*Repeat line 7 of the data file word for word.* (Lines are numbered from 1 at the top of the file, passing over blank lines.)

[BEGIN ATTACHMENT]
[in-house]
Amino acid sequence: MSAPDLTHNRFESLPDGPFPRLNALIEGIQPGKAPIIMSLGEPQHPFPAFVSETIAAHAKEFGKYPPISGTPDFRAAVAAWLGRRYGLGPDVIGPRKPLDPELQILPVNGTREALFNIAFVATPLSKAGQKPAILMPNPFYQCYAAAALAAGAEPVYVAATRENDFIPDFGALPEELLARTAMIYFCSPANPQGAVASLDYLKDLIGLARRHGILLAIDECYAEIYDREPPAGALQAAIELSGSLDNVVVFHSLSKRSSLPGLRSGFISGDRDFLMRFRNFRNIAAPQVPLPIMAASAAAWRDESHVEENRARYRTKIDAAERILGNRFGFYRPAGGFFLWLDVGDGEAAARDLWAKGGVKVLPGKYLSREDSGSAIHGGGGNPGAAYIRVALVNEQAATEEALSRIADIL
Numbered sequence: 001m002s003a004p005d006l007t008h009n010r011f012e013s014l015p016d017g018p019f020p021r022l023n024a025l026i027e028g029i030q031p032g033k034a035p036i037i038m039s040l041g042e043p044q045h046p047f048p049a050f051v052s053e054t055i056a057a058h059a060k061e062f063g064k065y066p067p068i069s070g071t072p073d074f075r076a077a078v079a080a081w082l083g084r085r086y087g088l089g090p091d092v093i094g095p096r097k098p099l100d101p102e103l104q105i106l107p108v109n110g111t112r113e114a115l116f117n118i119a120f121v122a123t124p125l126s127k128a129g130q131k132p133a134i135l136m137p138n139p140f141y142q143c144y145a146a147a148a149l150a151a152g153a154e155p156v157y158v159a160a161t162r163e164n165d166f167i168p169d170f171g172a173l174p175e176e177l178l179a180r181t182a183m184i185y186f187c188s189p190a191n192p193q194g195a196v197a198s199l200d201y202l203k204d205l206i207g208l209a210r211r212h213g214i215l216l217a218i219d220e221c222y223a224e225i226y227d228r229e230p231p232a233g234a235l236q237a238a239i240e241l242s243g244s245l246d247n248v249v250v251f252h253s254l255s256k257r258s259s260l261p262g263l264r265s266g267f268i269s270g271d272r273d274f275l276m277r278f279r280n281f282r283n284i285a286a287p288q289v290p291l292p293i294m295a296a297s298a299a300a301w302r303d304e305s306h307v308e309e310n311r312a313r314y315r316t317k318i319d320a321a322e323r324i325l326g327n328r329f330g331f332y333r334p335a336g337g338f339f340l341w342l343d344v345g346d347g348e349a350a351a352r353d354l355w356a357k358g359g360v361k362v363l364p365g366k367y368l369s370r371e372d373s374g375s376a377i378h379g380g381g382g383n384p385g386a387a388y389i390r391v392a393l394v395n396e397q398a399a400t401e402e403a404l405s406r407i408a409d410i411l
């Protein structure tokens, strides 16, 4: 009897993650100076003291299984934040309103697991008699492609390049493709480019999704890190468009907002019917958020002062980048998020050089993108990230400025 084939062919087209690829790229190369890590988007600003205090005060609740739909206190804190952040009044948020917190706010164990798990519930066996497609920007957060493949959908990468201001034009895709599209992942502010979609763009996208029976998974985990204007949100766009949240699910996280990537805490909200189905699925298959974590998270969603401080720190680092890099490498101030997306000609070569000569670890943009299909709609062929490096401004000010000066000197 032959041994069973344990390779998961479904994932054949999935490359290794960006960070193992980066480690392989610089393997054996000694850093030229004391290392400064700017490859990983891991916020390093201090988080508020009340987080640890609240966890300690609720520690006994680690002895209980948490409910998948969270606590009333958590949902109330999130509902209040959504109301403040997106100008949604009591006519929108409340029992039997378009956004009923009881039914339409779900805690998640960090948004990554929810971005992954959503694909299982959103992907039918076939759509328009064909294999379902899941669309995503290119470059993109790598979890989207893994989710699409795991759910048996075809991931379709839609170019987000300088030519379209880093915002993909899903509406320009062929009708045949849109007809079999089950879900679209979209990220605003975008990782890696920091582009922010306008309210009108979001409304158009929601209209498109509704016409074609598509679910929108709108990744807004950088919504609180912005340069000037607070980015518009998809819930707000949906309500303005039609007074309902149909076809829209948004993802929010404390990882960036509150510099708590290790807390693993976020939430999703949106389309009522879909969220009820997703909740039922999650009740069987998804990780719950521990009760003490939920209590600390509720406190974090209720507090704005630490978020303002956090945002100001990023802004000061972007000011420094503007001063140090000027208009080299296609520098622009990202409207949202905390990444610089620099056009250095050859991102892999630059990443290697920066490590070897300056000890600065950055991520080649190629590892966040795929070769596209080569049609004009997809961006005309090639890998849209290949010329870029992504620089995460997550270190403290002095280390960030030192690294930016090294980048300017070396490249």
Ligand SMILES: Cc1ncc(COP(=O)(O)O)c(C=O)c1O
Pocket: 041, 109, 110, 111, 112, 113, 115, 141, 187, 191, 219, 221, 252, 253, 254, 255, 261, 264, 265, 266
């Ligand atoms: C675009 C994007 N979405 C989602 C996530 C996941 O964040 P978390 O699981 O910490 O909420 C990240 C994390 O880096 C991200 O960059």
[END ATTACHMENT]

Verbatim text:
């Ligand atoms: C675009 C994007 N979405 C989602 C996530 C996941 O964040 P978390 O699981 O910490 O909420 C990240 C994390 O880096 C991200 O960059």